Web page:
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As I work with clients, I find that nearly all of them have undiagnosed thyroid issues. The most common thing for me to recommend in a consultation is for someone to get a full thyroid panel done by a good doctor who understands thyroid disease.
What’s the connection between fibromyalgia & your thyroid?
Many symptoms of thyroid disease overlap with fibromyalgia symptoms. Therefore, it just makes good sense to check to see if some of your fibromyalgia symptoms could be caused by low thyroid.
In addition, thyroid issues could be amplifying your fibromyalgia symptoms, making them worse than they would be if your thyroid was functioning properly. If it’s not functioning properly, then…
Treating your thyroid could improve your fibromyalgia.
Here are some of the symptoms of low thyroid that can mimic fibromyalgia:
(Your thyroid is the green butterfly-shaped gland shown in this picture.)
- Brain fog
- Difficulty concentrating
- Sleeping more than average
- Muscle pain, especially lower body
- Muscle weakness
- Pain, stiffness, or swelling in your joints
- Increased sensitivity to temperature, particularly cold
Other common symptoms of low thyroid are:
- Pale, dry skin
- Puffy face
- Hoarse voice
- Elevated cholesterol levels
- Unexplained weight gain
- Difficulty losing weight
- Heavier than normal menstrual periods
- Brittle fingernails and hair
There are three things that make discovering a thyroid condition tricky.
1-The most common symptoms of low thyroid look like fibromyalgia.
One down side to being diagnosed with fibromyalgia is that doctors may put all of your symptoms under the “fibromyalgia” heading and not look further for causes. This may be what happens with your thyroid.
If you complain to your doctor that your legs are hurting more than normal, but everything else feels the same, your doctor could very well say, “Your fibromyalgia is flaring up. You must’ve done something different with those muscles.”
However, if your doctor is familiar with the lesser known symptoms of low thyroid, you might discover that your leg pain is due to low thyroid.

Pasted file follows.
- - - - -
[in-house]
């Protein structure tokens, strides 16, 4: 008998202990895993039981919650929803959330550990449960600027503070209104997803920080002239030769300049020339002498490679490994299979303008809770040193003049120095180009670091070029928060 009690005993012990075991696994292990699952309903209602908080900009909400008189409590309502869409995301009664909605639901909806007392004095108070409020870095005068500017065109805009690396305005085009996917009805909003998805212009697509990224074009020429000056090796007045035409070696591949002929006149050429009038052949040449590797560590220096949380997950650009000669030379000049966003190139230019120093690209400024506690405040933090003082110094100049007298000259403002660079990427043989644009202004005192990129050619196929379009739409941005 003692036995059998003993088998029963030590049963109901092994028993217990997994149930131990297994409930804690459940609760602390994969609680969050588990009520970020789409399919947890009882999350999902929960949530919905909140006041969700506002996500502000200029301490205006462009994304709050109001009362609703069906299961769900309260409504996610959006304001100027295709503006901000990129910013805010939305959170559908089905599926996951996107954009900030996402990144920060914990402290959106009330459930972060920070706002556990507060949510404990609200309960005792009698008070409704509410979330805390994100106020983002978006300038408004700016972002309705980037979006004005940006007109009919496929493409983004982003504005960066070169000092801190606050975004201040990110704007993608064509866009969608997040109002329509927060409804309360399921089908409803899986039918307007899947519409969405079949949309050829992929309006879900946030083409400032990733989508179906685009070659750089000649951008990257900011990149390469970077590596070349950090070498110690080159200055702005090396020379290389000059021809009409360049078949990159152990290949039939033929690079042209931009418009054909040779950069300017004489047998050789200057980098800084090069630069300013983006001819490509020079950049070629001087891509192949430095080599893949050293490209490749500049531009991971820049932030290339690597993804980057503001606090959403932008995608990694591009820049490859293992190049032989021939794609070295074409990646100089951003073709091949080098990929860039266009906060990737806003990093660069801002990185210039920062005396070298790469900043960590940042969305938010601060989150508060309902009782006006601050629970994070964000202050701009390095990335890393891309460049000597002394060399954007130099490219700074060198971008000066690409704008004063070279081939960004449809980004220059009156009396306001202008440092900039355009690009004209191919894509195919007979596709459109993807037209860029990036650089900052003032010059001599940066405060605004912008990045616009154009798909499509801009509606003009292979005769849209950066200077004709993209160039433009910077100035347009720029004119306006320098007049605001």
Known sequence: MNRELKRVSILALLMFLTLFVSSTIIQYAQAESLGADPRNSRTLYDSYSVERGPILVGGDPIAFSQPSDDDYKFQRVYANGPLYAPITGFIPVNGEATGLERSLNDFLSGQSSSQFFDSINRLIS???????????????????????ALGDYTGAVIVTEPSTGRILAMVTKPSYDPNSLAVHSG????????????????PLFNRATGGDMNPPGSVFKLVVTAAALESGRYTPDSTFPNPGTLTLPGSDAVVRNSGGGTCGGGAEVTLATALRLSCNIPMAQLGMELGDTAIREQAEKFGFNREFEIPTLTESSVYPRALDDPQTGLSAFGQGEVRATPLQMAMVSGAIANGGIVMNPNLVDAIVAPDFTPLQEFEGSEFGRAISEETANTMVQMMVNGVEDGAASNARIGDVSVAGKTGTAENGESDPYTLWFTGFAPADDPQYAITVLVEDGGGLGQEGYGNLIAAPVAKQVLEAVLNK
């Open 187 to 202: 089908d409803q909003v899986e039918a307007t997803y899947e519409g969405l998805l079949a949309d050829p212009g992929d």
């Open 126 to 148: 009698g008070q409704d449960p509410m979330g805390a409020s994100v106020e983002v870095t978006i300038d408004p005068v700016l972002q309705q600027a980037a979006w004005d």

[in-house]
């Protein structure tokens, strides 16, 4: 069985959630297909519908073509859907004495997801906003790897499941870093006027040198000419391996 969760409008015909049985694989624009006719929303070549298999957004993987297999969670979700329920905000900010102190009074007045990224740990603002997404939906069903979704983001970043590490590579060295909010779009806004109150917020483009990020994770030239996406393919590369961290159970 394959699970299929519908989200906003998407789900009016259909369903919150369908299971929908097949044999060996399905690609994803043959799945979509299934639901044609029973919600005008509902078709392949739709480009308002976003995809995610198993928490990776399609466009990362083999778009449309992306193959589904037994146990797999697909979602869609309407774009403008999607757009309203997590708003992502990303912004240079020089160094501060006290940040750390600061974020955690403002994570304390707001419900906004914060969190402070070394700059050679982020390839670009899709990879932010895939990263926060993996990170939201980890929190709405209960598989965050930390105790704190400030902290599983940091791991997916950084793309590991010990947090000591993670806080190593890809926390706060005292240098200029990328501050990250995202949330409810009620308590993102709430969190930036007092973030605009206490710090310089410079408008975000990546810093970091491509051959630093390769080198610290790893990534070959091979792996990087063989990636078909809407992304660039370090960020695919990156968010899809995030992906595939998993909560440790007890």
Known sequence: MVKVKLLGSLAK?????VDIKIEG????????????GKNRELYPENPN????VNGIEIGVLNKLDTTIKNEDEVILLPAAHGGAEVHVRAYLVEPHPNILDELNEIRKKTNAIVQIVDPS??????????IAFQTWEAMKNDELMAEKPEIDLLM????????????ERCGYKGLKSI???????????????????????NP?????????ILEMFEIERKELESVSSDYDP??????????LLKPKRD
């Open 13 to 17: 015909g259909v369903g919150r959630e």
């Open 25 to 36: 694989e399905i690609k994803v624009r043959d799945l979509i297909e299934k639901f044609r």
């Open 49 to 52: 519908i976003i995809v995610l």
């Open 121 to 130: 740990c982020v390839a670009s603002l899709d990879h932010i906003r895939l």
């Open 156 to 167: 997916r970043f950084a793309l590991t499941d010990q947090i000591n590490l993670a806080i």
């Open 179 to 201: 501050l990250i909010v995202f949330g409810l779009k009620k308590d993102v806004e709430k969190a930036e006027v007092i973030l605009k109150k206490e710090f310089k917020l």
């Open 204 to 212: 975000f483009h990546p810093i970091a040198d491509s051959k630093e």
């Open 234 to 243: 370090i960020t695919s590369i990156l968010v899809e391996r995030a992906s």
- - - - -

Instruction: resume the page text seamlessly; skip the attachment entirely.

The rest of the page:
2-Your doctor and/or lab may not know about the updated lab standards.
In November 2002, new guidelines were published by the American Association of Clinical Endocrinologists (AACE) for what the normal range should be for your thyroid stimulating hormone (TSH). Before this revision, a range of 0.5 to 5.0 was considered normal.
However, the AACE found that patients within the range of 3.04 to 5.0 had symptoms of hypothyroidism. (This is one test where the higher number indicates low thyroid function.)
In light of this, the AACE shifted the normal range to be 0.3 to 3.04-a much narrower range.
According to the AACE, this shift doubles the number of people who are considered to have abnormal thyroid function. The reality is, these folks already had abnormal thyroid function; the test now correctly reflects this, allowing these people to get proper treatment.
If your doctor is still using the old standards, I suggest bringing this press release from the AACE to your next appointment. If your doctor remains resistant after reading the press release, it’s time to look for a new doctor-at least for your thyroid needs.
3-Your doctor may only know how to diagnose basic low thyroid.
In order to properly diagnose some thyroid disorders, such as Hashimoto’s thyroiditis, an autoimmune disease where your body thinks your thyroid is evil and tries to kill it, your doctor needs to run a full thyroid panel, not just a simple TSH test. Only by running a full thyroid panel, will a doctor who understands the intricacies of thyroid disease have the information needed to treat you.
Your TSH levels can actually look normal while you are having a problem with your thyroid.
It was the thyroid antibodies that told my doctor that I had Hashimoto’s; one of my clients doesn’t manufacture enough T3 from the T4 in her body. These are things you’d never know by only running the TSH test.
Most MD’s will only run the TSH test. However, your thyroid test should include Free T3, Free T4, and thyroid antibodies TPO/TSI, along with the TSH level if you want to get a complete diagnosis.
Of course, you’ll also need to see a doctor that knows how to interpret these test results! You would think that would mean seeing an endocrinologist. In my experience, that hasn’t been the case. For me, and for most of my clients, it means visiting a naturopath. If you need help finding a good one, let me know.
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